Thales is to provide vehicle electronics for the armoured vehicles set to be acquired by the Belgian Land Forces.

France and Belgium entered the CaMo (Capacité Motorisée) government-to-government agreement last year for cooperation between the armies of the two countries.

The CaMo programme seeks to modernise Belgium’s land mobility capacities.

Under this agreement, Belgium is acquiring 382 Griffon multi-role armoured vehicles (VBMR) and 60 Jaguar reconnaissance and combat vehicles (EBRC) for an estimated cost of €1.6bn.

Vehicles will feature the specifications of France’s Scorpion programme. An industry team of Arquus, Nexter and Thales will supply the 442 Scorpion units.

Thales started work on the project as the supplier of vehicle electronics on 26 June. The company will equip the vehicles with a range of data capabilities, including vetronics and communication systems based on the CONTACT software-defined radio.

Digital technologies will enable the vehicles to engage in future ‘collaborative combat’.

Thales Secure Communication and Information Systems executive vice-president Marc Darmon said: “Thanks to Thales’s contribution to this programme, Belgium’s new vehicles will have all the latest technologies required for land combat.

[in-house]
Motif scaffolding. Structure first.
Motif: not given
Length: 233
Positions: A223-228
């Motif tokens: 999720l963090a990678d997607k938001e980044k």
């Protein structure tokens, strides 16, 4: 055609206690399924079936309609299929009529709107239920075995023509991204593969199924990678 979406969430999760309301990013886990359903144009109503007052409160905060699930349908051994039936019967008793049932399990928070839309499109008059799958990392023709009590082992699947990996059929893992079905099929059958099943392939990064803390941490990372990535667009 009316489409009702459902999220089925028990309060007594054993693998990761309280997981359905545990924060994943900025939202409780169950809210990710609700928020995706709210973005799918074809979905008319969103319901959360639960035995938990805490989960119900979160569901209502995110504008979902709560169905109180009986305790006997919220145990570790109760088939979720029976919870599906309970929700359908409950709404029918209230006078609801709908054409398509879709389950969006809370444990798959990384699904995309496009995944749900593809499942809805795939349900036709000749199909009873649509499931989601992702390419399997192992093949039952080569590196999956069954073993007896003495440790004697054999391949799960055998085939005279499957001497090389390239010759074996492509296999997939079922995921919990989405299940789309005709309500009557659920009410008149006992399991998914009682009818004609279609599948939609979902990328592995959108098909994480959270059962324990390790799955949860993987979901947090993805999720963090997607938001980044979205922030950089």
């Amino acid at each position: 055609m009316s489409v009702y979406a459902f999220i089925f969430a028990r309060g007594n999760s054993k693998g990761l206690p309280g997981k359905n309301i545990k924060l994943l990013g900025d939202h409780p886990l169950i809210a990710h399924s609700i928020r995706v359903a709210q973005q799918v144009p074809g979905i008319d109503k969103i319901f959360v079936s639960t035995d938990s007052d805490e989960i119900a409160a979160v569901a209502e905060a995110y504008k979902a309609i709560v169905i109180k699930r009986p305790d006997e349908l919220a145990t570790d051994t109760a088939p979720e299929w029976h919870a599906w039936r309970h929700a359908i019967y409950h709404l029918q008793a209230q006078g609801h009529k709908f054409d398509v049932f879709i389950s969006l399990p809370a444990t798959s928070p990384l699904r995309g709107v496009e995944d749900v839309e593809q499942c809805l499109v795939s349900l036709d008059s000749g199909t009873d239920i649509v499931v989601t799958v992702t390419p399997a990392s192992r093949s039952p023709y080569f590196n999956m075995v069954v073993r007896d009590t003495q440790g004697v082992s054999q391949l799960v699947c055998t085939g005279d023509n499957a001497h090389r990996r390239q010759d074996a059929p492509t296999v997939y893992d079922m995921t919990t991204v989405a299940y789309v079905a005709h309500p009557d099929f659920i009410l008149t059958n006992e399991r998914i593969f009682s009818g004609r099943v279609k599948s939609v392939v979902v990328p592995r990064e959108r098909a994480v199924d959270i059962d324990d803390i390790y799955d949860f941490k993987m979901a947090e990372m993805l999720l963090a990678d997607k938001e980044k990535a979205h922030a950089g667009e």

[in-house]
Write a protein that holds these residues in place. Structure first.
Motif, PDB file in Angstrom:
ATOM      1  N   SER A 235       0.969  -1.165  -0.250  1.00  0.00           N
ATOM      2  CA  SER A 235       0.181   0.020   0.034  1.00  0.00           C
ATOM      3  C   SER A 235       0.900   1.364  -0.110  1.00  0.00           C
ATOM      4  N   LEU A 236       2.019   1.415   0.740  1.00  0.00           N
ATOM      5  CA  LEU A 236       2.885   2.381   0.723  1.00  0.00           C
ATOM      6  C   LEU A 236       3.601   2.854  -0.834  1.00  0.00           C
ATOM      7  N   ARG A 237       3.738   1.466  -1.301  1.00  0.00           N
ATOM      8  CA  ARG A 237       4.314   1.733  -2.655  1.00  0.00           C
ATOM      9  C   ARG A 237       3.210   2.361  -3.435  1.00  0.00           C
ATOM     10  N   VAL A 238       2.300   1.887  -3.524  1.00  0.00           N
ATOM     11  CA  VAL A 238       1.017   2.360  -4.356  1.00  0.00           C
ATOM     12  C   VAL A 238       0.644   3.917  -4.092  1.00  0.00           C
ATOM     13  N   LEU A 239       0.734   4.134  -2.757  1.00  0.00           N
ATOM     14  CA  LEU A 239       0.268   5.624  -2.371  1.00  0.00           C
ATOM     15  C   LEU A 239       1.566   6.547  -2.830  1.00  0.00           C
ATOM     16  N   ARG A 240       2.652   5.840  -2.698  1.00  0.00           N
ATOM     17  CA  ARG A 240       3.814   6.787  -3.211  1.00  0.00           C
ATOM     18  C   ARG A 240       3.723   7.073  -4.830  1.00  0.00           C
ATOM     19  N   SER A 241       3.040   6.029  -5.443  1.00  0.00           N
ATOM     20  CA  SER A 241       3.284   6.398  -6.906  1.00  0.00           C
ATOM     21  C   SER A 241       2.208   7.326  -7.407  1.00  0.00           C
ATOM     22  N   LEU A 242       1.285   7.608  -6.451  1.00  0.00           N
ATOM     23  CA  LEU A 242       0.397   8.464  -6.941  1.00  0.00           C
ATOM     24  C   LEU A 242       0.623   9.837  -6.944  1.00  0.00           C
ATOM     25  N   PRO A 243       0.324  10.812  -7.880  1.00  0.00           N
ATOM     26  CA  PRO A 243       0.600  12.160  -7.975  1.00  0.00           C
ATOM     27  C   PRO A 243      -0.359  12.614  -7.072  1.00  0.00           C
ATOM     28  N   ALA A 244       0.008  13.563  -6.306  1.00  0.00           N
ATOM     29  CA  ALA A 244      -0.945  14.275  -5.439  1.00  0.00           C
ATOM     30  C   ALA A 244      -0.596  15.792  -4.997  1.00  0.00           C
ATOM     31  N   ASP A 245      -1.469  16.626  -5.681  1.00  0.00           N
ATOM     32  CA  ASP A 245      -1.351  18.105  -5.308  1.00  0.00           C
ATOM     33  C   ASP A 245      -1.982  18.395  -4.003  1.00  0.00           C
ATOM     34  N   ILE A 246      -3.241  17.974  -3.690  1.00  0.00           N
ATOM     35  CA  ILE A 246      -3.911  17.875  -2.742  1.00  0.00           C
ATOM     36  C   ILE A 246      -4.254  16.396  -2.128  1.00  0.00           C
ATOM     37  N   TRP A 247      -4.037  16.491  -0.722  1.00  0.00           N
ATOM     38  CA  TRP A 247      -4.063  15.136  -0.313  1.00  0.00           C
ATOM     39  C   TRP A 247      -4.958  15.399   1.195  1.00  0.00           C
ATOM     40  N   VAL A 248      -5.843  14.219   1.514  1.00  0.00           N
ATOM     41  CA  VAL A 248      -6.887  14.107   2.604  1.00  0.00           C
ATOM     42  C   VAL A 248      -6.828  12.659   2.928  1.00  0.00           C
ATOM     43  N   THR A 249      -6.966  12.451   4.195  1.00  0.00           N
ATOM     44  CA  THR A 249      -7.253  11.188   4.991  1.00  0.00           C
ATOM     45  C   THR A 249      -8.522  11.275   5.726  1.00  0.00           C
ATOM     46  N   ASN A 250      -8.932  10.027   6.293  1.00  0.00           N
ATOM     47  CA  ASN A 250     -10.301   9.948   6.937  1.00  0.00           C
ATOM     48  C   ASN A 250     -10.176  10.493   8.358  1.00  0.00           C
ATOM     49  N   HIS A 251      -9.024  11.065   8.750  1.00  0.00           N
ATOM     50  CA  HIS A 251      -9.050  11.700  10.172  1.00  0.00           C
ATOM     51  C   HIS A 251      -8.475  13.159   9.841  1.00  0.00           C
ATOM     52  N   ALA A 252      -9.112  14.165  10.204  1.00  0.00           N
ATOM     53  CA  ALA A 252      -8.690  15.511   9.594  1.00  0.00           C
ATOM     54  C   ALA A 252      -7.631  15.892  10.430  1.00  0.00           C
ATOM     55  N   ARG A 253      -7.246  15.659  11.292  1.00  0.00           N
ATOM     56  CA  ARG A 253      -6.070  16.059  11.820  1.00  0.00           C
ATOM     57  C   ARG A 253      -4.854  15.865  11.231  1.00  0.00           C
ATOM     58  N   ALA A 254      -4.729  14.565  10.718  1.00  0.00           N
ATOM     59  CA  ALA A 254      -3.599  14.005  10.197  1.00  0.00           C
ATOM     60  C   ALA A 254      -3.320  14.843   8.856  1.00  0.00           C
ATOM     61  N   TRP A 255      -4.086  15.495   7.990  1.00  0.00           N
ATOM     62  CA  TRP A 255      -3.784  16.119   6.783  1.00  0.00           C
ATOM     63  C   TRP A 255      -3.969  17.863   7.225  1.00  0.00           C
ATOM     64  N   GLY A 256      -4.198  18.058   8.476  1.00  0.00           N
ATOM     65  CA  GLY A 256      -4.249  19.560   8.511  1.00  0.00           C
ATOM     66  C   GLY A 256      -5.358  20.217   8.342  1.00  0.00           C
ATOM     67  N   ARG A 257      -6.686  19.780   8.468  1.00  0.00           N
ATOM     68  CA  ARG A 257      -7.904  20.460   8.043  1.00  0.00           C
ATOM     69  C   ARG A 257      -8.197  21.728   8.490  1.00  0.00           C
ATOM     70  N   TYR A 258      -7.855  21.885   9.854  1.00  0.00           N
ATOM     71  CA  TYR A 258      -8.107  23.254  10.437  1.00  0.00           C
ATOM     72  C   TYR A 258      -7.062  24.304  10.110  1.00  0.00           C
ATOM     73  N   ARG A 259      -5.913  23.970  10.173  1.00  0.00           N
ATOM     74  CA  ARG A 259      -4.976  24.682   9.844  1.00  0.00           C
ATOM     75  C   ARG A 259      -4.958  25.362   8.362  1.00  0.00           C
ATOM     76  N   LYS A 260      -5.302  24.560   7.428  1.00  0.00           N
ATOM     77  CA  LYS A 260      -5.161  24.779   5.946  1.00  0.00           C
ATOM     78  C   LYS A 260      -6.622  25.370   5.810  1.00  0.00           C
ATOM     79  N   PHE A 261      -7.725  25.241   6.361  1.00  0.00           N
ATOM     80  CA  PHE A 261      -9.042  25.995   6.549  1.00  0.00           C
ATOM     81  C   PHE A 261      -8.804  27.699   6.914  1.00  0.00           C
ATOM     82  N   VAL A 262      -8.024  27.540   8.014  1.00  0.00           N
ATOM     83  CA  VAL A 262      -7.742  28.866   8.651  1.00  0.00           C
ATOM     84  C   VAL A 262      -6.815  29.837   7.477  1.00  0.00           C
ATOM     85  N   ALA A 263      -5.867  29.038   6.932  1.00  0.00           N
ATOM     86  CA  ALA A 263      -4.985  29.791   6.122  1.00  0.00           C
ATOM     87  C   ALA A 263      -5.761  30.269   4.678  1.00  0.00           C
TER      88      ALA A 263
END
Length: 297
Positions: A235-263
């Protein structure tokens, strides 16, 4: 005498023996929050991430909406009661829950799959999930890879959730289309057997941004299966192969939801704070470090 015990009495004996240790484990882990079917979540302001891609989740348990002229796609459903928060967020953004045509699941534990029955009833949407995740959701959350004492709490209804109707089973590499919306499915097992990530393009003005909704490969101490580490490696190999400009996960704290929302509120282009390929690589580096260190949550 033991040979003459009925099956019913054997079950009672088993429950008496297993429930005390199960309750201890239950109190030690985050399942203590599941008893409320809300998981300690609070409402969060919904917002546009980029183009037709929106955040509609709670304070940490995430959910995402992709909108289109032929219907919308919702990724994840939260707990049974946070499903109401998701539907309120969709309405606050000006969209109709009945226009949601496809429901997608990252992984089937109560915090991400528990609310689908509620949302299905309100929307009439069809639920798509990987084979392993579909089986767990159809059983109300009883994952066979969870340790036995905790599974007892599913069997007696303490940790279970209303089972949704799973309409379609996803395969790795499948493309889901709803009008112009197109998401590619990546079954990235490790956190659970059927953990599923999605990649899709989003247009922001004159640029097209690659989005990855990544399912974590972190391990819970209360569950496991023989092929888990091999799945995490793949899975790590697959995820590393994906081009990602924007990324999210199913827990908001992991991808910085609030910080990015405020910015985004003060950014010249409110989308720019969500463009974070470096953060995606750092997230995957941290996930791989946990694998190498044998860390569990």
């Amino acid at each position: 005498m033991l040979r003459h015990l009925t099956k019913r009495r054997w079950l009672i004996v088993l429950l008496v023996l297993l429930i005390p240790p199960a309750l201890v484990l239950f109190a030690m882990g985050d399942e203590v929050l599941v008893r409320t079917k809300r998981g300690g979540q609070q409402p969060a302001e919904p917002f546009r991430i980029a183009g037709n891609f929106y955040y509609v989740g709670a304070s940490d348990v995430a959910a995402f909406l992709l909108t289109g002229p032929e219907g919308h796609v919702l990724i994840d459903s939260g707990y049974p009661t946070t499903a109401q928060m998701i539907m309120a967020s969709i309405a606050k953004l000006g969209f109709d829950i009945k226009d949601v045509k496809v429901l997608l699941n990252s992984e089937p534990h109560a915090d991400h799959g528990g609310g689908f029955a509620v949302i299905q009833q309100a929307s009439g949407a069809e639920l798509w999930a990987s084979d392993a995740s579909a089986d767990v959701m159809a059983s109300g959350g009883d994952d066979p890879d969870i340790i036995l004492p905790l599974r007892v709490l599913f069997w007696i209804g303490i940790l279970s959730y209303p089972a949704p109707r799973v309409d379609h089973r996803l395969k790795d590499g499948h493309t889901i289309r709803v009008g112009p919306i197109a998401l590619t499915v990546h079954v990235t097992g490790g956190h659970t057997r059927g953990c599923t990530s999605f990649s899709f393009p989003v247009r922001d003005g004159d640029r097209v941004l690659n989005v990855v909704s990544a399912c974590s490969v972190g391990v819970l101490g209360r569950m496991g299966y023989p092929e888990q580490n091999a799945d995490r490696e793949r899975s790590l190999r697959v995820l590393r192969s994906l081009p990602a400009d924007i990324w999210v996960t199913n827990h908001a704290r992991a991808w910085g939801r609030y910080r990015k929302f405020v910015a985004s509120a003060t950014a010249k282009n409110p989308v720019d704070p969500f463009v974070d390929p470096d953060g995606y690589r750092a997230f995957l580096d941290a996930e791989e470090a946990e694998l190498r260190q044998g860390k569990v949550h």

“Thales’s expertise in vehicle digitalisation and connectivity is helping to propel Belgium’s operational capabilities forward into the future.”

The company will also provide other equipment including ANTARES 360° vision system, ECLIPSE new-generation active counter-IED system, and TopAxyz inertial navigation system.

ANTARES 360° features integrated laser warning function and future incoming missile detection capability. The system is designed to display situation awareness on a screen fitted inside the vehicle.

ECLIPSE increases force protection by preventing detonation of improvised explosive devices using remote control.

To be integrated into the Jaguar vehicles, Thales’s TopAxyz system is capable of measuring platform attitude and position in challenging conditions.

Thales already supplies these systems for the French Scorpion programme.